#MTBoSBlaugust: My Classroom 2018-2019

So this is my 5th full year of teaching. LIKE HOW DID THAT EVEN HAPPEN?!?! And I simultaneously feel like I’m figuring out a lot about what works for me and my kids and also realizing how much more I have to learn. I love that teaching gives me daily chances to try things, adjust, learn, and grow. In that spirit, this post is about my current iteration of classroom setup.

Full disclosure: I’m a scatter-brained mess. This post won’t contain any fancy organizational tips or ground-breaking ideas, but it is what works for me for now.

Panoramic View of Classroom

Panoramic View of My Classroom from the Door

 

One side of my classroom has these awesome cabinets that are fantastic for storing all of my stuff. A couple of years ago, I bought some shower board from Lowes and hung them up with command strips for more whiteboard space, and I love them! It allows me to use VNPS when I want AND gives students who want to stand a place to work. The cabinet with all the math puns (these posters from TPT) has buckets for students to store their notebooks if they wish. I also use that as the place they turn them in at the end of the semester. My desks are currently in groups (5 groups of 4 and one group of 3 along the back wall). This changes several times throughout the year. Sometimes we do pairs, sometimes groups of 3 or 4 in lines, crazily spread out during finals, and rows during standardized testing. The supply cart in the back of the room contains paper, writing utensils, dry-erase supplies, glue, scissors, clipboards, and dry-erase sleeves. The wheels allow me to move it around as needed and the kids know they can grab whatever they need at any point during class.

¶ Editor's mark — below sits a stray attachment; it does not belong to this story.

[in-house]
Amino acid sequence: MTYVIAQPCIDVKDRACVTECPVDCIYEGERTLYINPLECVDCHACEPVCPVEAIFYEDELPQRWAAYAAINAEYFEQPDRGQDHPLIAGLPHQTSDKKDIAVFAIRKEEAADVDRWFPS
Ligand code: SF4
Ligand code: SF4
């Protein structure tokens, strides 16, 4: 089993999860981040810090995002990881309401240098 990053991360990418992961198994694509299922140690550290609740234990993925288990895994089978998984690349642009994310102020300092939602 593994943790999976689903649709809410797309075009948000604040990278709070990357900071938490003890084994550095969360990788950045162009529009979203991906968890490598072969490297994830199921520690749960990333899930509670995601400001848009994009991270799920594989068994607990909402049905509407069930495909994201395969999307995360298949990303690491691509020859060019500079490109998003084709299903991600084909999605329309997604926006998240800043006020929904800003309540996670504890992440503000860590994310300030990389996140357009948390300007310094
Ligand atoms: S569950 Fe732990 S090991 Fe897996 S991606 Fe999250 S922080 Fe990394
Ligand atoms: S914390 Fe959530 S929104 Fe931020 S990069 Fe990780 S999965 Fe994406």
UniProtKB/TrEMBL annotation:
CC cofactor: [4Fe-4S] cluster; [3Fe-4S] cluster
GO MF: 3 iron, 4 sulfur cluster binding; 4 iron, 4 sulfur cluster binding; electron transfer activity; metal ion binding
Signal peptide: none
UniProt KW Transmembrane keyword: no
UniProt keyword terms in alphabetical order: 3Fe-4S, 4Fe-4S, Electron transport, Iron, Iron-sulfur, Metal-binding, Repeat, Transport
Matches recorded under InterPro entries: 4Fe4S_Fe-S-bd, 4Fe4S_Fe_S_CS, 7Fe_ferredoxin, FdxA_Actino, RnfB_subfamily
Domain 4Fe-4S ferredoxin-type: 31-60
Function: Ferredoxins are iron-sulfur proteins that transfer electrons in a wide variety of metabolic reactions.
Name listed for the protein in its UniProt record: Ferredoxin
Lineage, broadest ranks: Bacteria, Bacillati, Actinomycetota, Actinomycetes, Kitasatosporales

The front corner of my room is full of astrobrights cardstock and encouragement. The welcome sign on the door is from Sarah at MathEqualsLove, the clock sign is a free download on TPT, and the math person sign on the door is from Scaffolded Math and Science.  I have two bulletin boards at the front, one on each side of the whiteboard. The left one is full of growth mindset posters, my SBG scale (designed by me and printed at Staples), and information on where to get help. Turn-in drawers for each class, a stapler, and the pencil sharpener are on the table below this board. The other side of the big whiteboard is my “command center” during class. My document camera and projector hook-up are over here and I use my cart to store my notebook for each class and all of my notetaking supplies. The pocket chart under the board will eventually be a phone charging station and the bulletin board will eventually be “The Fridge” for students to hang up things they are proud of.

 

I LOVE this corner. Mostly because it contains my picture wall, which is my absolute favorite part of my room (other than my students <3). I randomly started doing this two years ago and the kids love it just as much as I do. They stare at it all the time, love when their picture makes it on the wall, and look forward to seeing the new layout when I replace it over winter break and summer. I love pictures anyway and it is an easy way to show them they matter to me, bring in some pictures of my personal life, and remember students who have graduated. On the other side of this corner, I have the half-finished “Calculus Wall of Fame.” Last year was the first year in the history of our school that students have scored above a 1 on the AP exam AND one of them even got a 5! To honor the challenge that comes with taking an AP math course, I ordered plaques for each of the two classes I’ve had so far and an individual one for the student that got a 5.